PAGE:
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Joe Biden’s Political Origin Story Is Almost Certainly Bogus. It May Land Him In Legal Trouble.

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Joe Biden’s Political Origin Story Is Almost Certainly Bogus. It May Land Him In Legal Trouble.

March 25, 2024

For nearly two decades, President Joe Biden has told a story about why he devoted his life to politics. He repeated the tale, at the risk of facing criminal charges for lying to a federal agent, while speaking to Special Counsel Robert Hur in October 2023.

Fresh out of law school and working as a clerk at a high-powered Wilmington, Delaware, law firm, Biden, in his telling, was tapped to defend a construction company sued by a 23-year-old welder who “lost part of his penis and one of his testicles” to a fire that broke out when he was working inside a chimney at a Delaware City plant. Thanks to Biden’s shrewd legal defense on the construction company’s behalf, the injured man lost the case.

“I wrote this memo. And son of a b—, it prevailed,” Biden told Hur on Oct. 8. “And I looked over at that kid…and I thought, ‘son of a b—, I’m in the wrong business, I’m not made for this.’”

Biden said he was so wracked with guilt that he concocted an excuse to avoid a celebratory lunch with one of the firm’s named partners and walked into the public defender’s office to ask for a job that very day. It’s “the only time I ever lied,” Biden told Hur on Oct. 8. Thus began, according to a New York Times report on the special counsel interview, “a career that would one day take him to the White House.”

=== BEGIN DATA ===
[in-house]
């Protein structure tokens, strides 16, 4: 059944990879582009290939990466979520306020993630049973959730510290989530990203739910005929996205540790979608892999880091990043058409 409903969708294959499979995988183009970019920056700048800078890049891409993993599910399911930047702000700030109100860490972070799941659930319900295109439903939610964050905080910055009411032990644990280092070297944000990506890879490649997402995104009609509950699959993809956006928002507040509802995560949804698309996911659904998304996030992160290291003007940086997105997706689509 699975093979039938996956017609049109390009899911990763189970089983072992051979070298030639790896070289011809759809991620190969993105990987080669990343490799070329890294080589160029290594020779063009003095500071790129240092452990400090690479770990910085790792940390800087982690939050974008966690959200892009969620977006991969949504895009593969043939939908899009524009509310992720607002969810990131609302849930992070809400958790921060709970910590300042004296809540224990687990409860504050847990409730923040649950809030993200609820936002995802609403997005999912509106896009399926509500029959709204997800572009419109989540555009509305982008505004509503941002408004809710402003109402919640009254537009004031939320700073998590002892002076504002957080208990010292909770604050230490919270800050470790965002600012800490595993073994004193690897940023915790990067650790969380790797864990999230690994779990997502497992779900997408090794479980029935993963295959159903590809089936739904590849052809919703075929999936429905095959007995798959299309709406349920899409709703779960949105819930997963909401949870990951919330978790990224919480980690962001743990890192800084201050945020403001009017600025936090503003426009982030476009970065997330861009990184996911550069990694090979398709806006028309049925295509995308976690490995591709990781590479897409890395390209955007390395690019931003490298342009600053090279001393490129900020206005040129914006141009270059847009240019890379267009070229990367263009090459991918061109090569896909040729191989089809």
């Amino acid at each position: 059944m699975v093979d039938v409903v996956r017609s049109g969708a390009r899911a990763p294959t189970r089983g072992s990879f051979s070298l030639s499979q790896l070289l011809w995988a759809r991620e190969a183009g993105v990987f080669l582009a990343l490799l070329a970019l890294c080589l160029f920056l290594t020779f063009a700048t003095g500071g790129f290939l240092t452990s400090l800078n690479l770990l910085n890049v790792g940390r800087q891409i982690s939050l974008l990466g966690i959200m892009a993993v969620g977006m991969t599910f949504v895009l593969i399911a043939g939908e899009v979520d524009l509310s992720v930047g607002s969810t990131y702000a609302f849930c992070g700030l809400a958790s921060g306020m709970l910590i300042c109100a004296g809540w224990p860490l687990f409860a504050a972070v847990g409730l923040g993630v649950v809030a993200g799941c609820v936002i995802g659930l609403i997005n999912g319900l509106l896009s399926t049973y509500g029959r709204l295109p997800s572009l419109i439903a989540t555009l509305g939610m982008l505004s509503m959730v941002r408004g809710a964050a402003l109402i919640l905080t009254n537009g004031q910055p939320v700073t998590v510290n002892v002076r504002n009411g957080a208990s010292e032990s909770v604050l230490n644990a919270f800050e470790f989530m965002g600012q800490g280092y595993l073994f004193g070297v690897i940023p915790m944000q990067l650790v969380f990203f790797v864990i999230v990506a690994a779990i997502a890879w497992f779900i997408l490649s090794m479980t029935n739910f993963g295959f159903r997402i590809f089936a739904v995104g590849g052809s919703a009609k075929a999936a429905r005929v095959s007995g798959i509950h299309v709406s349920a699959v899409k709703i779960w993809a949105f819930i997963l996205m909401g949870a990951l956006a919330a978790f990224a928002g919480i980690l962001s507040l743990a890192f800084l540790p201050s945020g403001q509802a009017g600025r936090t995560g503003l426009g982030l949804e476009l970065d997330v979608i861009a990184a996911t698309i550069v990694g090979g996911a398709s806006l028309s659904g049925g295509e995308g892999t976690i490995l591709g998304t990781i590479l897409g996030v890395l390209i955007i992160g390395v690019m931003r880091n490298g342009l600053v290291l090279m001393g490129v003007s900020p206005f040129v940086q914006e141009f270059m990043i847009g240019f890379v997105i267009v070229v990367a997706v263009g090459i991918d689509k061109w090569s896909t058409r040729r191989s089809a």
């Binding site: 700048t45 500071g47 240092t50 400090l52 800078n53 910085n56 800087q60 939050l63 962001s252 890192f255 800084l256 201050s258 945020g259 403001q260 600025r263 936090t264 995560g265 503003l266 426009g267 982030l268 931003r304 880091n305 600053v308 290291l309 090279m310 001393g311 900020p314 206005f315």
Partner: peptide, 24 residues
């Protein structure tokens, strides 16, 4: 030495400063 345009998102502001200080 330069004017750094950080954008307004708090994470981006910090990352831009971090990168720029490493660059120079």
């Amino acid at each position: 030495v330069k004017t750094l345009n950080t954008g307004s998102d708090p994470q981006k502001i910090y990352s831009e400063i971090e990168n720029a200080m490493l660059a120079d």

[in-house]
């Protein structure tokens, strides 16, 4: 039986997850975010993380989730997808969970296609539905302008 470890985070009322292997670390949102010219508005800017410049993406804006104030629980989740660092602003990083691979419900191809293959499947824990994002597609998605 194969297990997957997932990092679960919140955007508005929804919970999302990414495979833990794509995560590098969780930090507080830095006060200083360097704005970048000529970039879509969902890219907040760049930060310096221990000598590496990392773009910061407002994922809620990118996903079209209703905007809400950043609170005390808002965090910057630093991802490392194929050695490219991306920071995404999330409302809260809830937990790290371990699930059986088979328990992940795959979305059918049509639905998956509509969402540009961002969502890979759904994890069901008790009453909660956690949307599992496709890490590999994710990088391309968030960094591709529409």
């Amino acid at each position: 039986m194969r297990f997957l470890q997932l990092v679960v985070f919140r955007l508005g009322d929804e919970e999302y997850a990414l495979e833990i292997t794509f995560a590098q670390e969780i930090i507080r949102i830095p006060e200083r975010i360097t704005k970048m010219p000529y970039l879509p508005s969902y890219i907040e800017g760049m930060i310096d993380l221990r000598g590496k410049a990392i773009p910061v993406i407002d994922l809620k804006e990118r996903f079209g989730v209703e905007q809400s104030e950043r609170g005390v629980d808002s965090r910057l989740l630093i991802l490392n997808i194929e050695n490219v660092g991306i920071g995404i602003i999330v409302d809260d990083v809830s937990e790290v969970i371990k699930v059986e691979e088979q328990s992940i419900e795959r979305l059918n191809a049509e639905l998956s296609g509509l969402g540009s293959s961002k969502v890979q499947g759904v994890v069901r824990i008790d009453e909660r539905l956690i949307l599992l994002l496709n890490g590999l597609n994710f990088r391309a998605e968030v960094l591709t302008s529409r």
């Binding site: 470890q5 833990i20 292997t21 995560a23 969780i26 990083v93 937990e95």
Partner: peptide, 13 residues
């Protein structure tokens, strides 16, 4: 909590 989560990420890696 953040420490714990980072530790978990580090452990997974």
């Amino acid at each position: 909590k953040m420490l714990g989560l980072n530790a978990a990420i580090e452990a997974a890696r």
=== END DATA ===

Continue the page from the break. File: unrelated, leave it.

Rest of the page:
But this story is almost certainly a complete work of fiction. Although Biden did work at a law firm tapped to defend a construction company in a negligence suit like the one he described to Hur, the case concluded in 1968, while Biden was still in law school. And the welder won, walking away with $315,000, more than $2.8 million in 2024 dollars.

Biden, whose 1988 presidential campaign collapsed amid allegations that he had plagiarized speeches and a law school paper, has a long record of embellishments and yarn spinning. Over the years, he has told several stories about himself that don’t stand up to scrutiny. Those fibs range from the small and peculiar—he claimed in November 2023 that he was offered a spot on the Naval Academy’s football team—to the mendacious, such as his insistence that he never spoke with his son, Hunter Biden, about the latter’s foreign business dealings.